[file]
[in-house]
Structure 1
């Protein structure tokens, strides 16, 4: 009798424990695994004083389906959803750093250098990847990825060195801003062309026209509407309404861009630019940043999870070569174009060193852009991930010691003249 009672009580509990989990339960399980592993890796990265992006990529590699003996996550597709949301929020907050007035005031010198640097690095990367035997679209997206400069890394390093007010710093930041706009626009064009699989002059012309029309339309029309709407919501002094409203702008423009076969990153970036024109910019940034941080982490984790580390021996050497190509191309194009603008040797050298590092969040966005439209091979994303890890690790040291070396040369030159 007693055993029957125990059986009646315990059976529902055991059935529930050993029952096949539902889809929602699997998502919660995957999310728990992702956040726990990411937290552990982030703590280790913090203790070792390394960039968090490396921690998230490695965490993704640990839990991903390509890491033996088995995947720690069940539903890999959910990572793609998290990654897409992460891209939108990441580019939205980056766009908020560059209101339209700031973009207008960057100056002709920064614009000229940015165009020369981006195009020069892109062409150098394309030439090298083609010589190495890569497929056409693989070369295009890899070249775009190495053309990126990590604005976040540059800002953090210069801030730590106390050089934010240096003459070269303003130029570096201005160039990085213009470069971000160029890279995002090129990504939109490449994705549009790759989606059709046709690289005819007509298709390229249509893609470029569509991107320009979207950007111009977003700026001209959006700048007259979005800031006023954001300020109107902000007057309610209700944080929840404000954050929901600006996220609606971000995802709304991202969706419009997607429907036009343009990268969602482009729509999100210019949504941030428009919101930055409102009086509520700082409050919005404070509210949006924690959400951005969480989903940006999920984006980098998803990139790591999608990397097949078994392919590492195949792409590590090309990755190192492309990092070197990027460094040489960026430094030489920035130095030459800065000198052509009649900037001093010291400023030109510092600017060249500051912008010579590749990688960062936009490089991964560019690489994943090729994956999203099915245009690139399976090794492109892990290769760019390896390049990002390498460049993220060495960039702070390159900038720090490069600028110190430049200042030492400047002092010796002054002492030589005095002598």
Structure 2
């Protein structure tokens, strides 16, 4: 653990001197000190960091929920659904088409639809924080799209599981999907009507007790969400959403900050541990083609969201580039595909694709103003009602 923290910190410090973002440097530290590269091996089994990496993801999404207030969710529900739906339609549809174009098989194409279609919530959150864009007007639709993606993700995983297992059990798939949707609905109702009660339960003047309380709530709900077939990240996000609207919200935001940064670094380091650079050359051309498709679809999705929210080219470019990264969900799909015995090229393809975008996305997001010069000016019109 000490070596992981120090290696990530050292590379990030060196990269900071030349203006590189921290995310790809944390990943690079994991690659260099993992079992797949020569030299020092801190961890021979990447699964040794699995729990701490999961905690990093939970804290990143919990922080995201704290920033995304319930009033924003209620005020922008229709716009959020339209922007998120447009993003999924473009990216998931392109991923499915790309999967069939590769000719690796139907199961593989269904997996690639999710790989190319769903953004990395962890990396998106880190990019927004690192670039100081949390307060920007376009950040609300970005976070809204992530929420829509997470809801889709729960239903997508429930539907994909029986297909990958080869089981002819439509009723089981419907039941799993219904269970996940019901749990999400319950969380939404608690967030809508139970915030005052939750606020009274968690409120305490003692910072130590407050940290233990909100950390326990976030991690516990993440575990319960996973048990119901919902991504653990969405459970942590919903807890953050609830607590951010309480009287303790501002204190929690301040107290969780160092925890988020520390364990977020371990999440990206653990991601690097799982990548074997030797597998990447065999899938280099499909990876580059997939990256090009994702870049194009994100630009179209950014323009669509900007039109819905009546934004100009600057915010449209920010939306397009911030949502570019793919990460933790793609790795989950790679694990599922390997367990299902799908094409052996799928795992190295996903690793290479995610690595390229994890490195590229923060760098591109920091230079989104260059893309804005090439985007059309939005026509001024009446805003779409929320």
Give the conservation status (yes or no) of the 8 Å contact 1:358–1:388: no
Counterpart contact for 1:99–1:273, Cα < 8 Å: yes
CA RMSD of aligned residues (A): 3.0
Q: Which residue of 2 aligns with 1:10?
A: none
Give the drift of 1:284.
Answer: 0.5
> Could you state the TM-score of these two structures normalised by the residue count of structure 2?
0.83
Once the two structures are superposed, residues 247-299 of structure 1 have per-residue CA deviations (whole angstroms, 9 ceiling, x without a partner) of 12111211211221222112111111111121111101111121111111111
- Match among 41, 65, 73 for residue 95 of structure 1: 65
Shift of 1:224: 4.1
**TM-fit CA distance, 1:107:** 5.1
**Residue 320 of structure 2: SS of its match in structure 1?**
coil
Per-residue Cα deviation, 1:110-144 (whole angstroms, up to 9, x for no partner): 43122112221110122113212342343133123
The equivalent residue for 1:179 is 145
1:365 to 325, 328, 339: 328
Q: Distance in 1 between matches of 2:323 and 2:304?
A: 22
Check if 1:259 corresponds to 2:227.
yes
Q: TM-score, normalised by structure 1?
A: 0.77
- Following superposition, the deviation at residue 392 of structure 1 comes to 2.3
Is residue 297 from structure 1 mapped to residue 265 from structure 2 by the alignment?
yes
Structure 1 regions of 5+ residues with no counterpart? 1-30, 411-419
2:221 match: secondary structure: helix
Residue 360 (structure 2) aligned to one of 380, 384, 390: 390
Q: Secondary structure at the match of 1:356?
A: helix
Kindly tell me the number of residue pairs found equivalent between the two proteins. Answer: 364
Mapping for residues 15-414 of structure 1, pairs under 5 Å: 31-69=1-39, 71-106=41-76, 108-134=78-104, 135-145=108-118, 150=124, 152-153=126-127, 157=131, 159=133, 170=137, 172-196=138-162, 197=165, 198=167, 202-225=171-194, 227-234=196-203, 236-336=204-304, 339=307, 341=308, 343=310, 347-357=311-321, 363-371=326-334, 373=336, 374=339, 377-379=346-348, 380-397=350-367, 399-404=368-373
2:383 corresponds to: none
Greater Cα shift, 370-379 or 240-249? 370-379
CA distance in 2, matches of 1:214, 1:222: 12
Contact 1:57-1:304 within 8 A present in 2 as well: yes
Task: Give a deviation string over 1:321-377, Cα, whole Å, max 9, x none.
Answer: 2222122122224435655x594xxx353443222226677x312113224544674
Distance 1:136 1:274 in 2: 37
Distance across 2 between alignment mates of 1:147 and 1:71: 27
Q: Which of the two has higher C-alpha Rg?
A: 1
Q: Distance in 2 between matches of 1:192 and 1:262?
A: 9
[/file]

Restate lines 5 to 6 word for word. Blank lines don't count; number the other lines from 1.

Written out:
């Protein structure tokens, strides 16, 4: 653990001197000190960091929920659904088409639809924080799209599981999907009507007790969400959403900050541990083609969201580039595909694709103003009602 923290910190410090973002440097530290590269091996089994990496993801999404207030969710529900739906339609549809174009098989194409279609919530959150864009007007639709993606993700995983297992059990798939949707609905109702009660339960003047309380709530709900077939990240996000609207919200935001940064670094380091650079050359051309498709679809999705929210080219470019990264969900799909015995090229393809975008996305997001010069000016019109 000490070596992981120090290696990530050292590379990030060196990269900071030349203006590189921290995310790809944390990943690079994991690659260099993992079992797949020569030299020092801190961890021979990447699964040794699995729990701490999961905690990093939970804290990143919990922080995201704290920033995304319930009033924003209620005020922008229709716009959020339209922007998120447009993003999924473009990216998931392109991923499915790309999967069939590769000719690796139907199961593989269904997996690639999710790989190319769903953004990395962890990396998106880190990019927004690192670039100081949390307060920007376009950040609300970005976070809204992530929420829509997470809801889709729960239903997508429930539907994909029986297909990958080869089981002819439509009723089981419907039941799993219904269970996940019901749990999400319950969380939404608690967030809508139970915030005052939750606020009274968690409120305490003692910072130590407050940290233990909100950390326990976030991690516990993440575990319960996973048990119901919902991504653990969405459970942590919903807890953050609830607590951010309480009287303790501002204190929690301040107290969780160092925890988020520390364990977020371990999440990206653990991601690097799982990548074997030797597998990447065999899938280099499909990876580059997939990256090009994702870049194009994100630009179209950014323009669509900007039109819905009546934004100009600057915010449209920010939306397009911030949502570019793919990460933790793609790795989950790679694990599922390997367990299902799908094409052996799928795992190295996903690793290479995610690595390229994890490195590229923060760098591109920091230079989104260059893309804005090439985007059309939005026509001024009446805003779409929320």
Give the conservation status (yes or no) of the 8 Å contact 1:358–1:388: no